'In terms of hidden storage, the same idea can be implemented in furniture such as benches, coffee tables, and side tables by adding lift-up drawers, which in fact, are a big part of carpentry and joinery tradition.'
7. Scale up the lighting pieces
Small living room lighting pieces, as opposed to furniture, don't necessarily need to be tiny. This is a good opportunity to scale up! An oversized chandelier or a tall standing lamp will not only help cover larger ground in terms of illumination but will also add drama and personality to the room. If you've kept your room largely neutral, this might be a good time to even experiment with color with the lighting piece.
Ensure that you choose a warm light instead of a cool, to make the living room feel more cozy and welcoming.
'We like the juxtaposition of the various weights of the shapes and lines, while both pieces are echoing one another in their sculptural nature,' says Melissa Lee, founder of Bespoke Only.
8. Rethink the furniture layout
Limited space challenges you to think beyond conventional seating systems. Instead of concentrating all the seaters in the middle of the room, perhaps move them against the walls or towards the corners, leaving ample circulation room. Banquettes are efficient, and maximize space and conversations. You could go in for those instead of conventional sofas for your small living room layout.
You could also place sofas adjacent, or even back to back, so the periphery of the room is spacious. If possible, completely do away with a coffee table, and instead, choose side tables as those tiny tabletops to keep your mugs and trays. If you feel that is too less a storage space, bring in a nest of tables and stack them on top of each other.
9. Go low contrast
When it comes to small living room color ideas, it is best to go with lighter tones or pastel ones that reflect light and make the room feel spacious, open, and airy. Colors such as blush pink, soft yellow, light blue, and even beige are great tones to experiment with. If you go with a softer palette on your walls and ceiling, you could add one bold, pop of color.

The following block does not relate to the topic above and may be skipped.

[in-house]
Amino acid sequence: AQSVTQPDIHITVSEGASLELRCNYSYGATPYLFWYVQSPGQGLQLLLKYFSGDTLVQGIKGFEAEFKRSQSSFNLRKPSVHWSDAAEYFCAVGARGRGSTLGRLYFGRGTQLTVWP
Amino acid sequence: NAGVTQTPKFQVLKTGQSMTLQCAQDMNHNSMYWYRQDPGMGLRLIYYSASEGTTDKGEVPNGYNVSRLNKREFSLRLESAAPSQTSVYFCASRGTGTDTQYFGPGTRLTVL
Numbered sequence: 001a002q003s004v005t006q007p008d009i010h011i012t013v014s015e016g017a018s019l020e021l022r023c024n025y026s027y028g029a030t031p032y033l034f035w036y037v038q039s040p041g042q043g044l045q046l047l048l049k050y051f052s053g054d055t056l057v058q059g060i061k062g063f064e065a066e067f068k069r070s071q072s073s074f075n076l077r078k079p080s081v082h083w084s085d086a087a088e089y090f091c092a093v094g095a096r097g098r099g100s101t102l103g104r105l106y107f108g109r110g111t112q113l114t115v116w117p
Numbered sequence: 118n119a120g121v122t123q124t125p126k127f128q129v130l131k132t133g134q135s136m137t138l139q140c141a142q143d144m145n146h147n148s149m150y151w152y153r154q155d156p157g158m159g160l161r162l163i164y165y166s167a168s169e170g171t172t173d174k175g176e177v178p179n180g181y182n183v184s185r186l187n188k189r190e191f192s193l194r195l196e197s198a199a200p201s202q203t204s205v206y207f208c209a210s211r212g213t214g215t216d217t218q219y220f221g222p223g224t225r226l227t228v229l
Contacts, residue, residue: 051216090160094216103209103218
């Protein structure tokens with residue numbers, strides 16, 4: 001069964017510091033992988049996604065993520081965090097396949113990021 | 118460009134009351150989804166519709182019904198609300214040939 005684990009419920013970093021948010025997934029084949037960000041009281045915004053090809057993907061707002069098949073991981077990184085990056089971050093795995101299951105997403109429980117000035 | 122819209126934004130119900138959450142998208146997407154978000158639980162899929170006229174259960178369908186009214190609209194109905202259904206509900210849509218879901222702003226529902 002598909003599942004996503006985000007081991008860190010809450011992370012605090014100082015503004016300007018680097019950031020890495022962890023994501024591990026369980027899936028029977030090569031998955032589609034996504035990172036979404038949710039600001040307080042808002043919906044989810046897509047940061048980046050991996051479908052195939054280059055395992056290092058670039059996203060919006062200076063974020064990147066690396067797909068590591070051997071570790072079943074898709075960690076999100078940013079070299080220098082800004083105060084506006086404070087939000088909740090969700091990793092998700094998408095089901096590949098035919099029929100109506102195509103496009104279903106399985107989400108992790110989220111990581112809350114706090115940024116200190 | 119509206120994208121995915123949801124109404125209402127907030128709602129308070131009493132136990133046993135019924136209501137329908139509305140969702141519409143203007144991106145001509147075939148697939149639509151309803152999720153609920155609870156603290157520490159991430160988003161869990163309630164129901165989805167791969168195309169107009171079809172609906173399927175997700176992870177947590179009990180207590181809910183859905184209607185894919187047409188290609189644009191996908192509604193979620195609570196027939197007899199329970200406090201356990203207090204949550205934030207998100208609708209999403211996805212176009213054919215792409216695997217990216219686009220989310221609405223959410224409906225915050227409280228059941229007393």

But in reality, color isn't your concern, as much as contrast is. 'You can select any color regardless of the size of the space,' says Jane, 'what's more important is making sure the amount of contrast, or dark against light, surfaces are managed. High-contrast colors can make a room look smaller, so pick a focal point and make it the high-contrast element to stand out. Everything else should be less contrasting, blending, which will make the room feel more spacious.'
10. Add low seaters
Close to the floor, low seaters are the new living room trend to make small spaces more welcoming, comfy, and relaxed. The advantage of choosing one is that it makes a room feel taller, with more depth. Also, low-level furniture can make an average room feel like it has double height and even feel grander.
This style is seen widely across Asian-style interiors, where floor seating is believed to even have health benefits, helping in better digestion and blood circulation.
Aditi Sharma Maheshwari is an architecture and design journalist with over 10 years of experience. She's worked at some of the leading media houses in India such as Elle Decor, Houzz and Architectural Digest (Condé Nast). Till recently, she was a freelance writer for publications such as Architectural Digest US, House Beautiful, Stir World, Beautiful Homes India among others. In her spare time, she volunteers at animal shelters and other rescue organizations.